The Department of Justice has opened an inquiry into the chaos that surrounded Arizona’s presidential primaries, reports AJ Vicens at Mother Jones.

  • April 4, 2016
    Guest Post

    by Ann C. Hodges, professor of law, University of Richmond School of Law

    Justice Scalia was widely viewed as the swing vote in Friedrichs v. California Teachers Association. The Court’s 4-4 decision on March 29 supports that view, but leaves unknown how the case would have been decided had Justice Scalia survived to participate in the decision. In his concurring and dissenting opinion in Lehnert v. Ferris Faculty Association, Justice Scalia recognized that the state’s decision to require the union to represent nonmembers offered a compelling justification for charging the nonmembers for that representation. Despite this opinion, which preceded Justice Alito’s attacks on fair share fees in Harris v. Quinn and Knox v. SEIU Local 1000, Justice Scalia’s comments at the Friedrichs argument suggested that he accepted the position of the dissenting employees that all collective bargaining in the public sector is political. If that is the case, it undercuts the distinction that Justice Scalia accepted in his opinion in Lehnert, that the state can require payment for the mandated representational activities but not for political or ideological activities.

    Regardless of how the case might have come out with Justice Scalia on the Court, the Abood decision, which Friedrichs sought to overturn, has survived. The dead heat leaves the Ninth Circuit’s opinion upholding the statute based on Abood intact. Fair share fees remain constitutionally permissible at present. That this issue will return to the Court, however, is a certainty. Unions may have “dodged a bullet” but union opponents remain loaded and ready. The National Right to Work Legal Defense Foundation and the Center for Individual Rights are dedicated to eliminating the ability of unions to charge objectors for their representational activities and offer free legal services to employees that want to challenge unions on this ground. While Friedrichs’ counsel argued that the case would have no impact in the private sector, that is not at all certain given the Court’s previous decisions analogizing public and private sector union security. Further, these same organizations are committed to taking away union security in the private sector as well.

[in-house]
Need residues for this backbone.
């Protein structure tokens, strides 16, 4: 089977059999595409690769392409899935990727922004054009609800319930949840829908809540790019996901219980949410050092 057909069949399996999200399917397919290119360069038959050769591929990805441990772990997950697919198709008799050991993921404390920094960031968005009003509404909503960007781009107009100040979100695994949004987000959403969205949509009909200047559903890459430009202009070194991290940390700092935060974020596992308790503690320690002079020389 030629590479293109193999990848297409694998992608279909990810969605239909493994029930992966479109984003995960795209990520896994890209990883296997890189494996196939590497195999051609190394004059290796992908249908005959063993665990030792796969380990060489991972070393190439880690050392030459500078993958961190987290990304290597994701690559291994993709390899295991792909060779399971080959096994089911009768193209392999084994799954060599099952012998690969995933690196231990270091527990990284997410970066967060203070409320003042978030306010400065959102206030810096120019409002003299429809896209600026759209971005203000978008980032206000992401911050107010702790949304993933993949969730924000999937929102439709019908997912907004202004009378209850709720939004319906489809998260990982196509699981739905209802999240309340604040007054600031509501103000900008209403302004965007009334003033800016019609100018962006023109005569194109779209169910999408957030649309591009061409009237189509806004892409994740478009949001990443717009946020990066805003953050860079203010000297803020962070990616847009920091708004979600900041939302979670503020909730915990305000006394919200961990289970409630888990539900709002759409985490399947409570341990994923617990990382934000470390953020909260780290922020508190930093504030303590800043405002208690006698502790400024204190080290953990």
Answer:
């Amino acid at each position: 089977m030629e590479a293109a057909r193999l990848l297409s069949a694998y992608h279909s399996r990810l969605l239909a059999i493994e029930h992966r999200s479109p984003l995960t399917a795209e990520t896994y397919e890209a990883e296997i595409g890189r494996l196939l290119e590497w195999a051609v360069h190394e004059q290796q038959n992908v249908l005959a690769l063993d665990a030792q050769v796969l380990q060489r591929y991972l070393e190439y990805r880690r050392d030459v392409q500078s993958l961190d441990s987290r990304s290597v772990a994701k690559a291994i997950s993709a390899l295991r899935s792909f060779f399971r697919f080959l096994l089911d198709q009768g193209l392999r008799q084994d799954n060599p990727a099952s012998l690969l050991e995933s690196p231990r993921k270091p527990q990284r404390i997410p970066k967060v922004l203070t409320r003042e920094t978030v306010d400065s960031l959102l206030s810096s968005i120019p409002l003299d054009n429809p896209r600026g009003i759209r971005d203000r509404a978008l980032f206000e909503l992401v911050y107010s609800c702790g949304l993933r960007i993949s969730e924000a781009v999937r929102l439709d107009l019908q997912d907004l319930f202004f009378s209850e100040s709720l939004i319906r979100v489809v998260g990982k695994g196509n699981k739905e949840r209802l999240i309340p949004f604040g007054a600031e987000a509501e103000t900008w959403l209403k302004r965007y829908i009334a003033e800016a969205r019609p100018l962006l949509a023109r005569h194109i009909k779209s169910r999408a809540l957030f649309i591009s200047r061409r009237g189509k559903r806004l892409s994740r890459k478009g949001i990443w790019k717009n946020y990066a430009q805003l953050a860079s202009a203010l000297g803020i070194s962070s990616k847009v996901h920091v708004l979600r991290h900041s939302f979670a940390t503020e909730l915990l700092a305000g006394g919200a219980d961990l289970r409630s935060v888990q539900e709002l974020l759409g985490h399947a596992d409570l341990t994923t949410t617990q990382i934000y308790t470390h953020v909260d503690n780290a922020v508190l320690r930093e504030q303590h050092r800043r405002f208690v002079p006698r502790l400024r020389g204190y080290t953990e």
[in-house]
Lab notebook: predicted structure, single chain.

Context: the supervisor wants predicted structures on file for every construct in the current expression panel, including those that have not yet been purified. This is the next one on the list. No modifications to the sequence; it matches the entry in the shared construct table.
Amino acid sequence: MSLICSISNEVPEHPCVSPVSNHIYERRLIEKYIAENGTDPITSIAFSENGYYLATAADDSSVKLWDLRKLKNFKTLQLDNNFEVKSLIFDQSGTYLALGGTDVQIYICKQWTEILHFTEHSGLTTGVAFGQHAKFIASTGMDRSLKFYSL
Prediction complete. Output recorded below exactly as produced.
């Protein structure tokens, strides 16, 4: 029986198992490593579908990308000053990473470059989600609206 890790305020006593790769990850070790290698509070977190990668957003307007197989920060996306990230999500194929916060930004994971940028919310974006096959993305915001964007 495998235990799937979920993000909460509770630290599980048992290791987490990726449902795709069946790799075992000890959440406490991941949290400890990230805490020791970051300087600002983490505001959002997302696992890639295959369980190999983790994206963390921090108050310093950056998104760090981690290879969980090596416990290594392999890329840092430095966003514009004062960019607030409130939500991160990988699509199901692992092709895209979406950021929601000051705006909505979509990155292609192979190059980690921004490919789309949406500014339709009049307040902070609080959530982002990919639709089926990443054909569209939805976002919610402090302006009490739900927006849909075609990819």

The Friedrichs case was rushed to the Court without a record because the plaintiffs sought to capitalize on Justice Alito’s invitations in Harris and Knox. That strategy gave the unions several arguments that may be unavailing in a case with a full record. There are cases in the lower courts raising the issue that may be headed to the high Court. But there is little incentive to rush another case to the Court since it appears that the Republicans in the Senate will block confirmation of any nominee until after the 2016 elections. In addition, the Center for Individual Rights has indicated that it will ask the Court to rehear the case once a new justice is confirmed.